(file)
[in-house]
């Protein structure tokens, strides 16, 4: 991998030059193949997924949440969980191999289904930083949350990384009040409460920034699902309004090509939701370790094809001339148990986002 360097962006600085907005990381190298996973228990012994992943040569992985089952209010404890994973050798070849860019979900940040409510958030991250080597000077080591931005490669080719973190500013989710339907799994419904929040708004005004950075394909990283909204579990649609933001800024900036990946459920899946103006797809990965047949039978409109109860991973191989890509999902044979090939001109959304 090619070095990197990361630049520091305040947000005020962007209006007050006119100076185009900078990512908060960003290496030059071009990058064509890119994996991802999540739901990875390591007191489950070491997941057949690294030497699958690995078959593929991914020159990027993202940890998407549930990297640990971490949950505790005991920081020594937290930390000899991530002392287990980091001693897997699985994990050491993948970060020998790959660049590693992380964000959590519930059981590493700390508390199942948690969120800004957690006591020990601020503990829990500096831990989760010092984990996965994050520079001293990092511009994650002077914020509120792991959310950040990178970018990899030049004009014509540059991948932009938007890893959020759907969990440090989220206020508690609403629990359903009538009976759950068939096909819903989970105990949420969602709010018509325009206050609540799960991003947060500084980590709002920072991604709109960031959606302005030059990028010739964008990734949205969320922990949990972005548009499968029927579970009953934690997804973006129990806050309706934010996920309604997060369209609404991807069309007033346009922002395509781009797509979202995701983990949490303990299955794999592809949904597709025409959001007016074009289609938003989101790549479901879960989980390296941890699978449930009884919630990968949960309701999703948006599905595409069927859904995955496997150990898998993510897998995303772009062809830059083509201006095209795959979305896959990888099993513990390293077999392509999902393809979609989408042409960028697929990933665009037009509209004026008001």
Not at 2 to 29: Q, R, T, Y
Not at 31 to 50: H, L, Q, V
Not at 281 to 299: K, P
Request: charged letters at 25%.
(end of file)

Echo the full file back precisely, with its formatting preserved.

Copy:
[in-house]
């Protein structure tokens, strides 16, 4: 991998030059193949997924949440969980191999289904930083949350990384009040409460920034699902309004090509939701370790094809001339148990986002 360097962006600085907005990381190298996973228990012994992943040569992985089952209010404890994973050798070849860019979900940040409510958030991250080597000077080591931005490669080719973190500013989710339907799994419904929040708004005004950075394909990283909204579990649609933001800024900036990946459920899946103006797809990965047949039978409109109860991973191989890509999902044979090939001109959304 090619070095990197990361630049520091305040947000005020962007209006007050006119100076185009900078990512908060960003290496030059071009990058064509890119994996991802999540739901990875390591007191489950070491997941057949690294030497699958690995078959593929991914020159990027993202940890998407549930990297640990971490949950505790005991920081020594937290930390000899991530002392287990980091001693897997699985994990050491993948970060020998790959660049590693992380964000959590519930059981590493700390508390199942948690969120800004957690006591020990601020503990829990500096831990989760010092984990996965994050520079001293990092511009994650002077914020509120792991959310950040990178970018990899030049004009014509540059991948932009938007890893959020759907969990440090989220206020508690609403629990359903009538009976759950068939096909819903989970105990949420969602709010018509325009206050609540799960991003947060500084980590709002920072991604709109960031959606302005030059990028010739964008990734949205969320922990949990972005548009499968029927579970009953934690997804973006129990806050309706934010996920309604997060369209609404991807069309007033346009922002395509781009797509979202995701983990949490303990299955794999592809949904597709025409959001007016074009289609938003989101790549479901879960989980390296941890699978449930009884919630990968949960309701999703948006599905595409069927859904995955496997150990898998993510897998995303772009062809830059083509201006095209795959979305896959990888099993513990390293077999392509999902393809979609989408042409960028697929990933665009037009509209004026008001």
Not at 2 to 29: Q, R, T, Y
Not at 31 to 50: H, L, Q, V
Not at 281 to 299: K, P
Request: charged letters at 25%.